Fund companies receive a slap on the wrist, but what about the little guy?

They say there’s no free lunch in life. But for some Canadian investment advisors, there’s not only been free lunches, but free golf trips, free tickets to sports events and concerts by the likes of Madonna, Paul McCartney and Justin Bieber, and other pricey gifts.

Mutual fund companies laid those goodies on advisors to encourage them to recommend (read: sell) their mutual funds to their clients.

As I mentioned in my last column, that kind of lavish promotional spending has led to a belated crackdown by the Ontario Securities Commission. The OSC has handed out a total of $3.2 million in fines to three fund companies as part of settlements over the spending.

They are Mackenzie Financial, fined $900,0000, Scotiabank’s 1832 Asset Management, fined $800,000, and Sentry Investments, fined $1.5 million. The trio were also required to each pay $150,000 to cover the OSC’s investigation costs.

Clients left in the dark

While the focus in the settlements was on fund companies and advisors, let’s save a thought for the clients. When they purchased mutual funds from the companies in question, did their financial advisors disclose they’d been wined and dined and given assorted swag? We don’t know, but it seems unlikely.

What’s more plausible is the clients were told about the fund’s holdings, its successful track record and the managers’ promising investment strategy.

Unfortunately, according to an astonishing study I discussed in another recent column, most advisors just don’t make good investment recommendations to their clients, even before you throw in freebies from mutual fund companies.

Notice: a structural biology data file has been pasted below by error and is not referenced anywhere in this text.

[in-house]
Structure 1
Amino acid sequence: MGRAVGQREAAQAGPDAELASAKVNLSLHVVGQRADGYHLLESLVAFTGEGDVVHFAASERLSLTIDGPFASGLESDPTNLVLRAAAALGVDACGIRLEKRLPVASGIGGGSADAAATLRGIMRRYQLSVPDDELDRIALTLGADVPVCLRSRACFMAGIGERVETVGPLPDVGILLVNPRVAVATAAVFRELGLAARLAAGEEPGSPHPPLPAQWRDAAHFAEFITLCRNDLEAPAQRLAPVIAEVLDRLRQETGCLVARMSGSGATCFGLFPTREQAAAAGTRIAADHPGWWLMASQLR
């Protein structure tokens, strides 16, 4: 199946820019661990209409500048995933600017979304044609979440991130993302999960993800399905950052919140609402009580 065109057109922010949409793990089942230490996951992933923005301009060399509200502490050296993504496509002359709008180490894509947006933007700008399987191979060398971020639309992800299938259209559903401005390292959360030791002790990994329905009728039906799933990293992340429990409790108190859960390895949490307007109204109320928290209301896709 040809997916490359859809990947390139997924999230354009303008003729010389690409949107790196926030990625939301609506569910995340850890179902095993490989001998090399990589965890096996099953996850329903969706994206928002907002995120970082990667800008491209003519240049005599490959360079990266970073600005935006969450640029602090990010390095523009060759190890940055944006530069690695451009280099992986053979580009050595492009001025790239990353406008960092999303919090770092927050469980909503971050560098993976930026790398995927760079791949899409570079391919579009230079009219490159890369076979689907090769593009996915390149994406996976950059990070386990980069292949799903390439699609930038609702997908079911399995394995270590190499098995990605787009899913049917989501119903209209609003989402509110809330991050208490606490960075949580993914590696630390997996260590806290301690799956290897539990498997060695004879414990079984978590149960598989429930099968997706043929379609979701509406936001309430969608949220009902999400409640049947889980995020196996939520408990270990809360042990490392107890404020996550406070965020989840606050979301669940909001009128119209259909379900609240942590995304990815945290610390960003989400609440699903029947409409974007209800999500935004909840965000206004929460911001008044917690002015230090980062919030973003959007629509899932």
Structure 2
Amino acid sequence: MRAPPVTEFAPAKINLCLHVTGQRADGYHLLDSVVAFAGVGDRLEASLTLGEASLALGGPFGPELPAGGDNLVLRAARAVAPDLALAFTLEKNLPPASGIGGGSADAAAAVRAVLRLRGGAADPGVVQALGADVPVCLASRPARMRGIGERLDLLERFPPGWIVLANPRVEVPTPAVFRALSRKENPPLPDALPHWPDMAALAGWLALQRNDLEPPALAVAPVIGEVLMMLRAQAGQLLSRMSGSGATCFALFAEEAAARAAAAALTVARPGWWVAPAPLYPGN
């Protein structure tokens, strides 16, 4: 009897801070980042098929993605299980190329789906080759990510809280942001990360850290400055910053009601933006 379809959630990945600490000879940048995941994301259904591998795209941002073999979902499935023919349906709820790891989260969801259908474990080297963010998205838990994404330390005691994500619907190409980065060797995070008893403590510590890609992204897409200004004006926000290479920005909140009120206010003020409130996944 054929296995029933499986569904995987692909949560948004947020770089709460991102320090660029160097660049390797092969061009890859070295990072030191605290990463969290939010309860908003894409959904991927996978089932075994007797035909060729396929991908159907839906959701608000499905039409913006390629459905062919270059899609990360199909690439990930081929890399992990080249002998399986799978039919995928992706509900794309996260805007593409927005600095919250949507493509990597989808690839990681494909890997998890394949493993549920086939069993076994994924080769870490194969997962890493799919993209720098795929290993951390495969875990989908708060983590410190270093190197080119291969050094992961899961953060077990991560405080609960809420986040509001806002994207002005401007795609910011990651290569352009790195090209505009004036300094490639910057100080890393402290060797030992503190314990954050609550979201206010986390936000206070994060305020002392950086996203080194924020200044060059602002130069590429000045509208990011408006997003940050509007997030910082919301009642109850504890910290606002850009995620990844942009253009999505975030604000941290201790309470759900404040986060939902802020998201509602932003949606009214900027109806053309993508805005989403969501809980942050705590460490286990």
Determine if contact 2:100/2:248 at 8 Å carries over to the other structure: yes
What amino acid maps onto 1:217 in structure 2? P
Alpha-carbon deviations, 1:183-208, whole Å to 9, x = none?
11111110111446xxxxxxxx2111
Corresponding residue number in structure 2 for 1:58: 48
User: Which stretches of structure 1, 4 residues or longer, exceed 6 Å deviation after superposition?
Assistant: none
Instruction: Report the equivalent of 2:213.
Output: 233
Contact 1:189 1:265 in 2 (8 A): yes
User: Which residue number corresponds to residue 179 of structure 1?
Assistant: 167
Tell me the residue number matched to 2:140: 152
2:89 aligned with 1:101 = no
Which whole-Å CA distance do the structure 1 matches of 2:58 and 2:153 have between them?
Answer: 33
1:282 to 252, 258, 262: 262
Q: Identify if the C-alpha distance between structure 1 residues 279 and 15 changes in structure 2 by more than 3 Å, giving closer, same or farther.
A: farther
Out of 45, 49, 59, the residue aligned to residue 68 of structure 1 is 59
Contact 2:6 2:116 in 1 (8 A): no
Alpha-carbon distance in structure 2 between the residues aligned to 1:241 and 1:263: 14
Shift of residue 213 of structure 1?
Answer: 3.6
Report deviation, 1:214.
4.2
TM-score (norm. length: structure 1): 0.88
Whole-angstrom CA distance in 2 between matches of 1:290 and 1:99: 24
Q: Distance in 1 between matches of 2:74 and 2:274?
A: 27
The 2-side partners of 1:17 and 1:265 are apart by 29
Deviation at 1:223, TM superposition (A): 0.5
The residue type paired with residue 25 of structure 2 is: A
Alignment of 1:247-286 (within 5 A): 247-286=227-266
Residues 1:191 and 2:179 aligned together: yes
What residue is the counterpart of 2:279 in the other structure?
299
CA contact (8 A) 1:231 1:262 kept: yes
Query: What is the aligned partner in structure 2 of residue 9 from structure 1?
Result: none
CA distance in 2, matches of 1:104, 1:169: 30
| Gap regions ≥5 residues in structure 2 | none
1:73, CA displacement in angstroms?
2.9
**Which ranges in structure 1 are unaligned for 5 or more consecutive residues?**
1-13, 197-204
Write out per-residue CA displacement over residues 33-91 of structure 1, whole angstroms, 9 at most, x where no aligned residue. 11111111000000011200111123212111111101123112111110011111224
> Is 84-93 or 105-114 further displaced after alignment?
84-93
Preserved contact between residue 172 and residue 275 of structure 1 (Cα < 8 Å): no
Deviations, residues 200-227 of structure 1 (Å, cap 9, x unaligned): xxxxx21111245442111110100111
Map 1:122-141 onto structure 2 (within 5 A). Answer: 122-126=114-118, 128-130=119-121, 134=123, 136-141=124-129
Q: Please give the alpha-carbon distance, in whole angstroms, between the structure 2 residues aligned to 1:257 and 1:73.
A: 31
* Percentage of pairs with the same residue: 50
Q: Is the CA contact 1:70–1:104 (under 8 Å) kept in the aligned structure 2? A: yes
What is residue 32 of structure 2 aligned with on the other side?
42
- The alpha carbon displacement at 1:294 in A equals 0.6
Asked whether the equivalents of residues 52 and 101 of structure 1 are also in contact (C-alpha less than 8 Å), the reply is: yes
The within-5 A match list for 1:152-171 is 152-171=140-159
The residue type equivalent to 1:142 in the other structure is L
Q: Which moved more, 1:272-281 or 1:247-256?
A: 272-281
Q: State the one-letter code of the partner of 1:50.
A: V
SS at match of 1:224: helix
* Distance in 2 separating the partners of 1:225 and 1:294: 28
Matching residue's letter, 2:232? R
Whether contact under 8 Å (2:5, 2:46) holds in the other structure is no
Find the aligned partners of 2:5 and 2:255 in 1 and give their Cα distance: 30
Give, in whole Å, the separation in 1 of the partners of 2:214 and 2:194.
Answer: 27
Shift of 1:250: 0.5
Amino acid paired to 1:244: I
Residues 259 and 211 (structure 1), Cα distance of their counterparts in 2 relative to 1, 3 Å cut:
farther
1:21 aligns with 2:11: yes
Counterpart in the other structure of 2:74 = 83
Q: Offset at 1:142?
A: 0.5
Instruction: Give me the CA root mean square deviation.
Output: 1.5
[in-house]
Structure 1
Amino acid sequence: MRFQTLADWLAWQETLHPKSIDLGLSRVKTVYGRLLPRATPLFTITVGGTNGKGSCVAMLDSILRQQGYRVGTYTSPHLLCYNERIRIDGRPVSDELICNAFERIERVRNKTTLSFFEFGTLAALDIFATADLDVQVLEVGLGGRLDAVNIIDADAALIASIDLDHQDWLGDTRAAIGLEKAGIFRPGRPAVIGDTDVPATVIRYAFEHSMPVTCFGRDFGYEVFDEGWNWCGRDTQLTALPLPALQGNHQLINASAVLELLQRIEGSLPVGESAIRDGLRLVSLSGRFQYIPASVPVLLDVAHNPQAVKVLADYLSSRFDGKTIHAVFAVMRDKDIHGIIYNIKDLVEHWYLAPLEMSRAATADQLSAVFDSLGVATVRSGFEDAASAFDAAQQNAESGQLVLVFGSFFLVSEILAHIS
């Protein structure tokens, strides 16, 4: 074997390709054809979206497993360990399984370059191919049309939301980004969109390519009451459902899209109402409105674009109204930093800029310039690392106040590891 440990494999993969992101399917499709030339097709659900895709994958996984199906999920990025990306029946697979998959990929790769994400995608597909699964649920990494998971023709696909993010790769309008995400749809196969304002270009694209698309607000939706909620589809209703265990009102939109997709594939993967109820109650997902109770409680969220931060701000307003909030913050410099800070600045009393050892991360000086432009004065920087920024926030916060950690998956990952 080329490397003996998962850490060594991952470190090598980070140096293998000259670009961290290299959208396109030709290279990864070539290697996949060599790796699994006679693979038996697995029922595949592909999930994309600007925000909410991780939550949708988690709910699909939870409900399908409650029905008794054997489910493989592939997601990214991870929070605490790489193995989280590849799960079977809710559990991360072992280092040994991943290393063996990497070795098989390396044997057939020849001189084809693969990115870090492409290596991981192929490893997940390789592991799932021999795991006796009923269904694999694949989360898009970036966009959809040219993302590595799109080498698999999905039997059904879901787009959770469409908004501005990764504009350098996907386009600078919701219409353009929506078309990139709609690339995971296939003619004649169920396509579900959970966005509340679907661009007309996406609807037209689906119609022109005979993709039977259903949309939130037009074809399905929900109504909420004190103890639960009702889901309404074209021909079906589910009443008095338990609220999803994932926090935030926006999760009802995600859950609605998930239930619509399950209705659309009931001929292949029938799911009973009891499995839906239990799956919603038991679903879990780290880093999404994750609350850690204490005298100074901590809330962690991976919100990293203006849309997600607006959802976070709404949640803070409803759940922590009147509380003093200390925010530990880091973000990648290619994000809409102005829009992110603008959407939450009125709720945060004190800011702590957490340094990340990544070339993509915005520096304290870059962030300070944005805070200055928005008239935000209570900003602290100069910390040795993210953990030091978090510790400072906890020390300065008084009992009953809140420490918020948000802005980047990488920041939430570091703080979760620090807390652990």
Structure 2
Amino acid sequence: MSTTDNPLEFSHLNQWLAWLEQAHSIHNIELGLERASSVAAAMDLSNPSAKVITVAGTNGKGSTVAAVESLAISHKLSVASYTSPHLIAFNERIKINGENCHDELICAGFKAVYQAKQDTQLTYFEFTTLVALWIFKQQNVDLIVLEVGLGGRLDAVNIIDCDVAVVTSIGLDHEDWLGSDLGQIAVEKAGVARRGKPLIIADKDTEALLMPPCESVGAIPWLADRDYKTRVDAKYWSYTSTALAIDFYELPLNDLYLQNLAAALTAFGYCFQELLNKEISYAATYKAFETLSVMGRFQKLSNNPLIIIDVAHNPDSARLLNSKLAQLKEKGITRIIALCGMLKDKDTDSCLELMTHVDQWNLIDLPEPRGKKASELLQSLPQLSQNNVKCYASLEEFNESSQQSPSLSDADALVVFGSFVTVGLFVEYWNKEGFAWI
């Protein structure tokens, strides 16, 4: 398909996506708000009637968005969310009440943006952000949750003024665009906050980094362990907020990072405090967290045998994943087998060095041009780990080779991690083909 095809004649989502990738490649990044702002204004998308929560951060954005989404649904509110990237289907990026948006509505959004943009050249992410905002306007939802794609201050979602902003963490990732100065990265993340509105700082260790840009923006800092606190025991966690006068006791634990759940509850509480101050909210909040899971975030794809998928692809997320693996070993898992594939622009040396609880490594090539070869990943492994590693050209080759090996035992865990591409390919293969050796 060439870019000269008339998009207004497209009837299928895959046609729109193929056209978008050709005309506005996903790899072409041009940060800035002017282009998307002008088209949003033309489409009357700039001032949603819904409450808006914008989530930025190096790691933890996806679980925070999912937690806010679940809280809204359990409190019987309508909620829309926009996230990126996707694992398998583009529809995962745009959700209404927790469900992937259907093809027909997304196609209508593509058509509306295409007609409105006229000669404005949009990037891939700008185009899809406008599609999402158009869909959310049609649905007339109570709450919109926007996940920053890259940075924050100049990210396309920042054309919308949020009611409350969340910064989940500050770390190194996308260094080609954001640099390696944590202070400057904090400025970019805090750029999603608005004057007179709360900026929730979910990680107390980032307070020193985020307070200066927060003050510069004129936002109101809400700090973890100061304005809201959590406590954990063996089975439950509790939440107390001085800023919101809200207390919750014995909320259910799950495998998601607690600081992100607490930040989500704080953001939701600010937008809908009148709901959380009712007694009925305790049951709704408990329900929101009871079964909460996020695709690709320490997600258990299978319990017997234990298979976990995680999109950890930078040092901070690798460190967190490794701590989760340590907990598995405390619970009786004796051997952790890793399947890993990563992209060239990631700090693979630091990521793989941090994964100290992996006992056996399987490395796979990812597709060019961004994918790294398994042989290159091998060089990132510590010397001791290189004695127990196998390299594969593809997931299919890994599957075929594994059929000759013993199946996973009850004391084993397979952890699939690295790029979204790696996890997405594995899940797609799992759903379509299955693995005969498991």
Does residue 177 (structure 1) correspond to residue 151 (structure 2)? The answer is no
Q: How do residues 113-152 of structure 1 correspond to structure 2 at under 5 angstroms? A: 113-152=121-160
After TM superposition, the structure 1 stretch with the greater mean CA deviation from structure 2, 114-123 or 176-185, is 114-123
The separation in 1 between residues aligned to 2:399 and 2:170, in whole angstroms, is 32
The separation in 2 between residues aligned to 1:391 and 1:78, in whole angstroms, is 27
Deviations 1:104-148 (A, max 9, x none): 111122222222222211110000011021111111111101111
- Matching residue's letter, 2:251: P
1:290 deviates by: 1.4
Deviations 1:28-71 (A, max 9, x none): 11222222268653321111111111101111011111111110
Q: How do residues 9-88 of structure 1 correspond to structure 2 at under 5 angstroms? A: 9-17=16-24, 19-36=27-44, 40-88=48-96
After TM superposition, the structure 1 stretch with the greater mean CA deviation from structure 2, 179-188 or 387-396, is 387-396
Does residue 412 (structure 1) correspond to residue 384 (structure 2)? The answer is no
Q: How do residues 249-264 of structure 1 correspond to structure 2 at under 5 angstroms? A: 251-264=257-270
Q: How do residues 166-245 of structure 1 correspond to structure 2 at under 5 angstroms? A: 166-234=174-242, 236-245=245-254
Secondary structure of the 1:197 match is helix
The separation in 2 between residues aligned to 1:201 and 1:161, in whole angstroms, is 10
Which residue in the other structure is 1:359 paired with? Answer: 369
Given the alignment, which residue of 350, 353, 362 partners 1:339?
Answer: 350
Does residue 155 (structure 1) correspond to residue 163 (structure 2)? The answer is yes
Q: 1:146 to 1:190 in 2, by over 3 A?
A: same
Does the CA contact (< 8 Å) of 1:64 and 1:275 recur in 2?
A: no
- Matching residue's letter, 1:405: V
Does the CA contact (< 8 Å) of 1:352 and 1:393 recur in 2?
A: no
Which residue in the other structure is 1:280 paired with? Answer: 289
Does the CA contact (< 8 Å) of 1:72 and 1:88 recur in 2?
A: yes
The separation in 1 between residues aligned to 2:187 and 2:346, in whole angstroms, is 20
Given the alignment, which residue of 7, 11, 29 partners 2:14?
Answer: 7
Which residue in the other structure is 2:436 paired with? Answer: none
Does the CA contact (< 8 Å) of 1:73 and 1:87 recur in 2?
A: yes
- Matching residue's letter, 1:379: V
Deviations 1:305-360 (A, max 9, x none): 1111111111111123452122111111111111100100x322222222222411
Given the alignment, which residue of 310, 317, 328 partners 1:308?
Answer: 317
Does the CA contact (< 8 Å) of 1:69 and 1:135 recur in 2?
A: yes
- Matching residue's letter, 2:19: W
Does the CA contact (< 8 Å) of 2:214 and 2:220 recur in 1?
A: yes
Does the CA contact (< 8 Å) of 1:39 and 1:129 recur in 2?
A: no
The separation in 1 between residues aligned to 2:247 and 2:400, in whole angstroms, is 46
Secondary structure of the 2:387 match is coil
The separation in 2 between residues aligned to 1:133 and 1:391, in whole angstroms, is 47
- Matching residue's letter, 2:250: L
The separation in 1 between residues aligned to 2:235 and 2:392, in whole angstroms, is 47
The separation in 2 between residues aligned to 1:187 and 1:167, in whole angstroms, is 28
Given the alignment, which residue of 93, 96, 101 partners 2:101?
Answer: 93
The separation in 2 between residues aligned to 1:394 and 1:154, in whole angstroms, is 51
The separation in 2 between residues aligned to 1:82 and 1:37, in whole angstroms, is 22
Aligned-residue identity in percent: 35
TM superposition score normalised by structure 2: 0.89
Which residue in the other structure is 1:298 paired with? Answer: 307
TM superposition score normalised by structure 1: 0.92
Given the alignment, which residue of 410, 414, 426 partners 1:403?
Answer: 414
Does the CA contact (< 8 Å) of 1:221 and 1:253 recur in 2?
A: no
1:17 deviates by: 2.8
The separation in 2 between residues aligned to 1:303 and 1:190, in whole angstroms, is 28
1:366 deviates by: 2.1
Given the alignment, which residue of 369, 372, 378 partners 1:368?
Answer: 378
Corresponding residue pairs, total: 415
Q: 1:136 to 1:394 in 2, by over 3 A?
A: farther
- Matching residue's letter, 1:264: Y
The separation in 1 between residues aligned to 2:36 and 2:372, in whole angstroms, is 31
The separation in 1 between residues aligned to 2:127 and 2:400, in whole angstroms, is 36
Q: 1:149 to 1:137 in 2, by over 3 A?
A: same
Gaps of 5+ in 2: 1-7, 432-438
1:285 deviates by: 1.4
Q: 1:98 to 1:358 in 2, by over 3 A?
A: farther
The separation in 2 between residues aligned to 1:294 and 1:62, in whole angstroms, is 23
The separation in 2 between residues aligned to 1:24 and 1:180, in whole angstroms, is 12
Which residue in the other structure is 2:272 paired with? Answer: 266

We know this because the advisor’s personal portfolios reflect the same bad investing choices as those of the clients they advise, according to the study.

Many advisors have misguided beliefs

“They under-diversify, trade frequently and favour expensive, actively managed mutual funds with high past returns, despite evidence that these strategies often underperform,” says the paper, which looked at data from two large Canadian financial institutions, comprised of the trading and account records of more than 4,000 advisors and 500,000 clients.

In other words, many advisors are incompetent, dangerously so, when you consider this is their own and their clients’ retirement savings we’re talking about.

So yes, let’s have more enforcement to get conflicts of interest out of the industry. But let’s take it further.

How to protect investors better

We need tougher penalties for misconduct, as well as improved training and certification standards for investment advisors.

But most importantly, we must make it a legal obligation for investment firms to act in their clients’ best interests. That’s called a fiduciary standard, and I’ll talk more about it in the next Tony’s Take.